If I ever win the lottery, I'm taking the lump sum - I can't wait twenty years to get my money. Of course, I'd have to buy some tickets first. :)
Lol, it's not like I had the 'patience' to wait those years, I just had other beds and things to do in the yard. "So many things to do and so little time", lol. If you ask my husband if I have patience, he would tell you something like, "not one bit". ;-)
I just wanted to make sure all was decomposed (or, mostly decomposed) before trying to dig into the bed.
I did some digging in it a few days ago and it seems that it needs more organic material (and/or it's because it's been so dry and so hot here this Summer), so I've been adding something called Sweet Peet. http://sweetpeet-urbanorganics.com/
It's the best 'stuff'! I just looked at their list where you can buy it at and I'm sorry to say it's not available where you are. :-(
LOL, you should get some Sweet Peet too! I got mine at the Natorps in Florence or, the Natorps in Mason if that's closer to you. Meijer's in Florence doesn't have any now. Wished I had got some there earlier in the season.
Okay, all of you experts...I have BERMUDA grass...UGH!! HATE IT in my beds! and I have a nice large strip I want to make a raised bed out of ...BUT do I need to use roundup or something on the grass first? Then the newspaper etc? Also I need to make it so I can go ahead and plant daylilies and Iris and things into it now...and not wait, so what mix should I put on top of the paper. It is in totally full sun..no shade.
Most of the posts stated the paper killed the grass, but I have my doubts about this Bermuda...so I thought I would ask. I really do not like having to spray ANYTHING in my garden, but I do have another bed that I may never get rid of the BG in...so any suggestions will be greatly appreciated!
Hi Janet! A member with Bermuda said she uses this method to start new beds frequently, but has to use overlapping layers of cardboard over the grass to kill it. It takes longer to break down, giving enough time to smother the pesky grass. Paper would probably work too if you used lots of layers (6-10?), but cardboard would be easier and is readily available behind nearly any store. Appliance boxes are great for big beds. I don't think RoundUp would hurt, but like you, its a last resort for me to use chemicals.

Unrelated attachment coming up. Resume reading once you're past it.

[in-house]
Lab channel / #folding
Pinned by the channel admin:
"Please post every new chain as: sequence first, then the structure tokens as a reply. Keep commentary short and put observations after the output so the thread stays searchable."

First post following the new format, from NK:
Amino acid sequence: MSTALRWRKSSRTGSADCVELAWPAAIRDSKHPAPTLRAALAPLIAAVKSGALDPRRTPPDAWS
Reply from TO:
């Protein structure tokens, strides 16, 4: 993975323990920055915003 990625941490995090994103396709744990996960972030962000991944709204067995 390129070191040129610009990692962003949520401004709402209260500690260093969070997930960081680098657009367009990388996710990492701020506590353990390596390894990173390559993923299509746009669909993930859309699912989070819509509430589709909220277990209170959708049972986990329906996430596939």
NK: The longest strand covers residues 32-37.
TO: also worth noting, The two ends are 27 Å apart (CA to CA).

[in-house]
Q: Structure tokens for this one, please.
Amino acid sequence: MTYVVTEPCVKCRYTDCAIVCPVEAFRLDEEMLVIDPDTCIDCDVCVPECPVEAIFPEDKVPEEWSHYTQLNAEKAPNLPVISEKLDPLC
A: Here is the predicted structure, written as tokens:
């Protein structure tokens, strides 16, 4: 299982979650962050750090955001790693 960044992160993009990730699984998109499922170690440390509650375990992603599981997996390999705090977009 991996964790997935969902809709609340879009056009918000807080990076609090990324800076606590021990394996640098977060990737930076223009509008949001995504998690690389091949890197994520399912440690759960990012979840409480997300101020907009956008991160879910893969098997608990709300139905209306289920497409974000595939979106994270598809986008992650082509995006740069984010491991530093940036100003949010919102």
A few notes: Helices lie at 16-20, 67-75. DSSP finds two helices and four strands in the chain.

Its really fun to see a blank slate, ready to be filled with plants. And it feels so empowering to be able to "create" a big, new bed in a day!
Thanks, Neal. Would you then use, bagged "black cow", nature's helper, topsoil, etc in your soil mix? I was thinking I should be able to get the least expensive BAGGED stuff and if I mix is using the right amounts of each, have a pretty good soil base...what are your thoughts on this?
I think the bed my friend who lived here before me made was done exactly like your thinking. She had great tomatoes in it last year, and my butterfly garden has thrived this year, so I think it will work beautifully for you, especially if you want to plant immediately. I started a small bed this spring using potting compost from containers that held annuals last year and dearly departed babies. Everything in there has done pretty well, especially considering the fact that I didn't water that area as much as I should have.
Janet-- I would beware, too, of that Bermuda Grass! IMHO from my experience with it I would guess it will bust right through the cardboard and be a forever pesky guest in your flower garden. Hate to admit it, but I would give it a couple of doses of R-U before making a new bed over it...
Also--And I don't know how big of a bed you are thinking of making, but you can have the compost delivered by the 'yard' from a landscape supply place and it may be cheaper/better that way. The other shopping trick I do, is stop at Home Depot or Lowes on a Monday or Tuesday morning (after the high shopping traffic weekends) and ask for broken bags of pine bark fines, compost and so on. They are generally half off or less.
Thanks for the input, that is what we are thinking as well...I am still fighting another bed that keeps filling back up with grass...we had it REMOVED! then they sprayed and then they tilled the area and brought in dirt...STILL have bermuda...it is a noxious weed in a flower bed!!!
It takes about a month, which might be too long for this particular project, but you could use solarization(using clear plastic and sun) to kill that pesky grass. The link below tells how to kill bermuda and bermuda seed (that's in the top 3" of soil) with solarization about half way down the page.
Janet-- if you have bermuda grass in the surrounding lawn I bet it will spread by the roots to the new garden, too. ---I don't know if a subterranian barrier around the edge of the garden would help, but it might.
And if you are going to use a round-up treatment, different products containing R U are available at different strengths-- try to get the strongest. Give your new garden space a treatment, then water it down after a couple of days and then a few days later give it another dose. (I think this timing is spelled out on the product labels). And don't till up the soil or anything like that. It just brings up more dormant bermuda seeds that will start growing...
I agree, if you don't want it, bermuda grass can be a noxious weed-- we had a terrible time with it in our yard in California...